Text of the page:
Paul’s claims about judicial activism raise fundamental doubts about his positions on social issues. He says he is for judicial activism, but he also asserts he is pro-life. So does that mean he is for or against Roe v. Wade, perhaps the ultimate case of judicial activism in conservative eyes, a case where even liberal heavyweight scholar John Hart Ely said, “It is not constitutional law and gives almost no sense of an obligation to try to be.” Paul claims to be against gay marriage. So does he support the Court’s activism in United States v. Windsor in 2013, which struck down the Defense of Marriage Act?
Conservative commentators will criticize Paul for his immature views on politics and the Constitution. And rightly so. But I think there is something even deeper here. Paul’s favor of judicial activism has the effect of relieving himself, as a member of the Senate, of any responsibility for solving constitutional problems. If he really believes that the NSA surveillance program violates the Fourth Amendment, he should do the heavy lifting in Congress to cut off funding for it or to place it under heavier congressional oversight. Instead, he takes the easy route of demanding that the courts do something about it. If Paul really thinks that the president is waging unconstitutional wars, Paul should persuade his colleagues to defund the strikes in Syria and Iraq. It is politically and constitutionally lazy to just demand that the courts do something about it instead.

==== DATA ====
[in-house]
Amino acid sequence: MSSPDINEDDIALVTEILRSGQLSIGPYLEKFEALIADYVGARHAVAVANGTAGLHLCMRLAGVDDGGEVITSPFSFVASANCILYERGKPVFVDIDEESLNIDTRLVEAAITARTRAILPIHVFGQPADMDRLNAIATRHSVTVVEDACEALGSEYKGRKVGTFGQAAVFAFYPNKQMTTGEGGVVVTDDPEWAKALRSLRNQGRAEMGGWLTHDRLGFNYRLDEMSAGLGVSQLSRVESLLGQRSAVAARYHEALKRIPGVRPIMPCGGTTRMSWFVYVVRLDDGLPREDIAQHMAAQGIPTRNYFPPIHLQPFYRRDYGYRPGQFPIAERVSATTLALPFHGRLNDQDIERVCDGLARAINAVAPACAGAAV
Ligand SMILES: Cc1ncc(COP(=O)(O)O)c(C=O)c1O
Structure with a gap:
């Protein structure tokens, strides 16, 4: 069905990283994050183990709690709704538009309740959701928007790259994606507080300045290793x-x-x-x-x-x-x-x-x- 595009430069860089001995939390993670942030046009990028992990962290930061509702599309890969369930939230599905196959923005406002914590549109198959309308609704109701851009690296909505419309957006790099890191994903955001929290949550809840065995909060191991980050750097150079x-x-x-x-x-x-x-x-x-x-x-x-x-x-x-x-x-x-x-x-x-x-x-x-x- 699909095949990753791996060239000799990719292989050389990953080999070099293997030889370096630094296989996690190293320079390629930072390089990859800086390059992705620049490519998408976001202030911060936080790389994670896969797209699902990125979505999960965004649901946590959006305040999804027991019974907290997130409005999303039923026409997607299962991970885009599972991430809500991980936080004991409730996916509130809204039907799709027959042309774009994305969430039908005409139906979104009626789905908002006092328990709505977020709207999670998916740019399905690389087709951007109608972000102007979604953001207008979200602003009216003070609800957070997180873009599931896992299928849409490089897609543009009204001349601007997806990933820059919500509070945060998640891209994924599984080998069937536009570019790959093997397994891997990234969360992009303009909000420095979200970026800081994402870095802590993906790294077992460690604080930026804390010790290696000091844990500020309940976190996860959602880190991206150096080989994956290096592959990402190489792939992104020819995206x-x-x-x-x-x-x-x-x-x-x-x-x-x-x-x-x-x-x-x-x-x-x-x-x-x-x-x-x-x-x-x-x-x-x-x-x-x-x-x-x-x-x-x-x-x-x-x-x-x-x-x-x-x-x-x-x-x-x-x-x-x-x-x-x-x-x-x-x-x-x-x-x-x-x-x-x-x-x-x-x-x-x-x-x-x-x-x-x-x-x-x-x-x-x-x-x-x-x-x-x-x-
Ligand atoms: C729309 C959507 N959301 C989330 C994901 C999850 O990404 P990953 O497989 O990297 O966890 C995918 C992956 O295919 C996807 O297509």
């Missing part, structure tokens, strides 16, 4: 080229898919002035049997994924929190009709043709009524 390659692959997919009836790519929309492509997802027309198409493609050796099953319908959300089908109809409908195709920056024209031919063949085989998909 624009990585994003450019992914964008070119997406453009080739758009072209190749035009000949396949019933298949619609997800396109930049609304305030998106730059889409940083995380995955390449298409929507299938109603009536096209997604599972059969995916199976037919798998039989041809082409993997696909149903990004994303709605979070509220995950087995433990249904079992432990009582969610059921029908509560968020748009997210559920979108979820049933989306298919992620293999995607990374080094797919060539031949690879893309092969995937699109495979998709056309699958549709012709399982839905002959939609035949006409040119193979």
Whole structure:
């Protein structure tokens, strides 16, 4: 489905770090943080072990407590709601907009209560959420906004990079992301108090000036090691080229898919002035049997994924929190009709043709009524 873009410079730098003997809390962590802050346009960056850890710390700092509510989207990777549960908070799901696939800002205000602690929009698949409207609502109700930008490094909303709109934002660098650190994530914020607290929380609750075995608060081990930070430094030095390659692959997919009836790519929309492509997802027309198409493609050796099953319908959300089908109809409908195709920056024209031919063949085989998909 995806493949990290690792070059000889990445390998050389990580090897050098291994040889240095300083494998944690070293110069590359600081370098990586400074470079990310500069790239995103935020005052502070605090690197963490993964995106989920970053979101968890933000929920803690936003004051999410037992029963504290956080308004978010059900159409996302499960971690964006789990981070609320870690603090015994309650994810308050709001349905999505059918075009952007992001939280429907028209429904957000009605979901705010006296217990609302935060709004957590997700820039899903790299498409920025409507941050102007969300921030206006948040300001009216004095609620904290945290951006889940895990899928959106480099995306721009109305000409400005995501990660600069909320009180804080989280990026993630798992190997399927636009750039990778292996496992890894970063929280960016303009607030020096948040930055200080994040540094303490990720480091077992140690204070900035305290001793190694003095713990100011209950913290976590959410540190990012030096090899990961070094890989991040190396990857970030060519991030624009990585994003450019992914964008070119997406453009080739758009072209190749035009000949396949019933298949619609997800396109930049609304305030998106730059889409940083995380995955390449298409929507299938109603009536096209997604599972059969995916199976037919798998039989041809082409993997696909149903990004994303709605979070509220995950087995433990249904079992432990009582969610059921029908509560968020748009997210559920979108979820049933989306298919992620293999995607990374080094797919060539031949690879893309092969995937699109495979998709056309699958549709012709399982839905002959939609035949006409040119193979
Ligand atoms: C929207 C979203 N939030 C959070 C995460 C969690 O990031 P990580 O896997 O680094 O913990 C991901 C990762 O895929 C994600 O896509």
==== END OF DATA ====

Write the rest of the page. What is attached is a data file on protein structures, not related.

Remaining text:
Paul’s position on judicial activism represents an abdication of his constitutional responsibility, as a member of a coordinate branch of government with an equal obligation to enforce the Constitution. Or perhaps he does not understand that the separation of powers demands that each branch pursue its interpretation of the Constitution — which would be worrisome in a senator, and disastrous in a president. Paul’s demands for judicial activism represent his failures as a senator to convince his colleagues of his point of view — which is the mode of the successful legislator. And if Paul cannot do his job well as a senator, why should we think he could do a good job as president? Hasn’t the country already made the mistake, to its regret, of elevating inexperienced legislators to chief executive?